Chechnya: On the Side of Might

By taking hundreds of hostages, the Chechens have made it less likely that their demand for an end to the war will be met any time soon. Russians are again painfully aware of the conflict, which will still be regarded by the west as an internal affair for the Kremlin.

The World Today
Published 1 December 2002 Updated 23 October 2020 4 minute READ

John Russell

Head of Languages and European Studies, University of Bradford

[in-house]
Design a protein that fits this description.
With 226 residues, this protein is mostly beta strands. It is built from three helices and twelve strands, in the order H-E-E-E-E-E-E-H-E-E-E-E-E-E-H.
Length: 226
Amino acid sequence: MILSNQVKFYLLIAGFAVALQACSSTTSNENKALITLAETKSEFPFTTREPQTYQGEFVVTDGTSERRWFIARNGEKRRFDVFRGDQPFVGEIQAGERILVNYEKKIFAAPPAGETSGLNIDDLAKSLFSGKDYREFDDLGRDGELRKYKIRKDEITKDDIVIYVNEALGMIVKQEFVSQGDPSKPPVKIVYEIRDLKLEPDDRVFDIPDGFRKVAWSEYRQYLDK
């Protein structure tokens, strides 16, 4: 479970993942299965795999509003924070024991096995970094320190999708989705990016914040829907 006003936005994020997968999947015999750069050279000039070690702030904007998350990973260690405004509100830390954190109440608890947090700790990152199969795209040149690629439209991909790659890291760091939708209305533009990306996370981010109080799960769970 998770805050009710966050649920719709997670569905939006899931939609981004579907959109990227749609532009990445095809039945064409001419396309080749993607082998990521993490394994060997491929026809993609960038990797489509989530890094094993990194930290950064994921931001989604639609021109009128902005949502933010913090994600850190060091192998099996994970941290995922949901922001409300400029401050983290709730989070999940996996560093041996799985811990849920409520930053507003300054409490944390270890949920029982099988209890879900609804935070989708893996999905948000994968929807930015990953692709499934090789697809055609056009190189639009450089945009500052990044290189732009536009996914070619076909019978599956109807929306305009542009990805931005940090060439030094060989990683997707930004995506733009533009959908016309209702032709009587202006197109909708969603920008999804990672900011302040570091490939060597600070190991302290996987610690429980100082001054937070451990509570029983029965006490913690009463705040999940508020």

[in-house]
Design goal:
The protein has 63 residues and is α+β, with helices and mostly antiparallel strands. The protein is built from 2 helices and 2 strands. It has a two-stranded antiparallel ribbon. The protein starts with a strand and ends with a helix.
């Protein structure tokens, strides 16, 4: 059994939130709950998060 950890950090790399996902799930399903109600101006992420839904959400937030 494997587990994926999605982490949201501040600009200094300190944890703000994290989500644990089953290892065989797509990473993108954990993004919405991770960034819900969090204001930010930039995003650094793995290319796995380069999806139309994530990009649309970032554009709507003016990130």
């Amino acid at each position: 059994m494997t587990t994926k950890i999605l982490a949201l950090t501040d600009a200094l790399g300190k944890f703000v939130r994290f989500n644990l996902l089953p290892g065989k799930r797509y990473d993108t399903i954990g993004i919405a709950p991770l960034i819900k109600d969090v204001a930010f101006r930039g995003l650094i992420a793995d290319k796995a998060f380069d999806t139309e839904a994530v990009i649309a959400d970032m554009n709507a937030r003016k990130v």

On October 17, just one week before the hostage-taking drama unfolded in a Moscow theatre, the Russian daily Izvestiya ran a full page feature entitled ‘Can’t we deport the Chechens to the moon?’ Both title and content expressed the ordinary citizen’s frustration with the apparent impasse into which the Chechen policy of successive Russian leaders has led. By coincidence, as the hostage crisis was being brought to its controversial conclusion in Moscow, on the other side of Europe delegates were gathering in Copenhagen for the World Chechen Congress – the most serious international attempt yet to find a political solution for Chechnya.

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